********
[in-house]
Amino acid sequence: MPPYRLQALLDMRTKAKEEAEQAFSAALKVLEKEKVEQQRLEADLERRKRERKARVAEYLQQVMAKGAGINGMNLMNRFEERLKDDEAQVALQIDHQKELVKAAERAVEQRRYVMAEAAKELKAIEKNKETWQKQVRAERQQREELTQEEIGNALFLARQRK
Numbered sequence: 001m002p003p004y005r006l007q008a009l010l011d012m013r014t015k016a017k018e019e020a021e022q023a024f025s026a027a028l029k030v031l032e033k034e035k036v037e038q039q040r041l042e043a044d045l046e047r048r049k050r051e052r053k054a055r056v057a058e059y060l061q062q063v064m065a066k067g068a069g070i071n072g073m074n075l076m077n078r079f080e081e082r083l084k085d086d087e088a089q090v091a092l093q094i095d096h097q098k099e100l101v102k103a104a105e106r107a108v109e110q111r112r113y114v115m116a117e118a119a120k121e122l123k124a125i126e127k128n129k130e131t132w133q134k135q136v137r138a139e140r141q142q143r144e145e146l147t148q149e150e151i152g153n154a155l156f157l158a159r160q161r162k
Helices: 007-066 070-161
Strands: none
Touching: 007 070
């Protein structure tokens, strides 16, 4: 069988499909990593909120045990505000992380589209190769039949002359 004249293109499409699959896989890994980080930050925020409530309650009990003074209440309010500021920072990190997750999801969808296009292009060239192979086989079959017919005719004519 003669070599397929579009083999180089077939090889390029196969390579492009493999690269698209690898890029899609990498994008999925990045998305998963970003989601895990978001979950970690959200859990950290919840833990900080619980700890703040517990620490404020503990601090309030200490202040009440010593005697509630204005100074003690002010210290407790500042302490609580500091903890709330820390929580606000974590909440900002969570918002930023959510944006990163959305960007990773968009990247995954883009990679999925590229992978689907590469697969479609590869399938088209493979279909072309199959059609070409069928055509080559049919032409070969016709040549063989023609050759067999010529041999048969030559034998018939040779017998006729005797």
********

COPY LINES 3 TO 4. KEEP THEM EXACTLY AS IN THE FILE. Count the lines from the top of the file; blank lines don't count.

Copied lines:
Numbered sequence: 001m002p003p004y005r006l007q008a009l010l011d012m013r014t015k016a017k018e019e020a021e022q023a024f025s026a027a028l029k030v031l032e033k034e035k036v037e038q039q040r041l042e043a044d045l046e047r048r049k050r051e052r053k054a055r056v057a058e059y060l061q062q063v064m065a066k067g068a069g070i071n072g073m074n075l076m077n078r079f080e081e082r083l084k085d086d087e088a089q090v091a092l093q094i095d096h097q098k099e100l101v102k103a104a105e106r107a108v109e110q111r112r113y114v115m116a117e118a119a120k121e122l123k124a125i126e127k128n129k130e131t132w133q134k135q136v137r138a139e140r141q142q143r144e145e146l147t148q149e150e151i152g153n154a155l156f157l158a159r160q161r162k
Helices: 007-066 070-161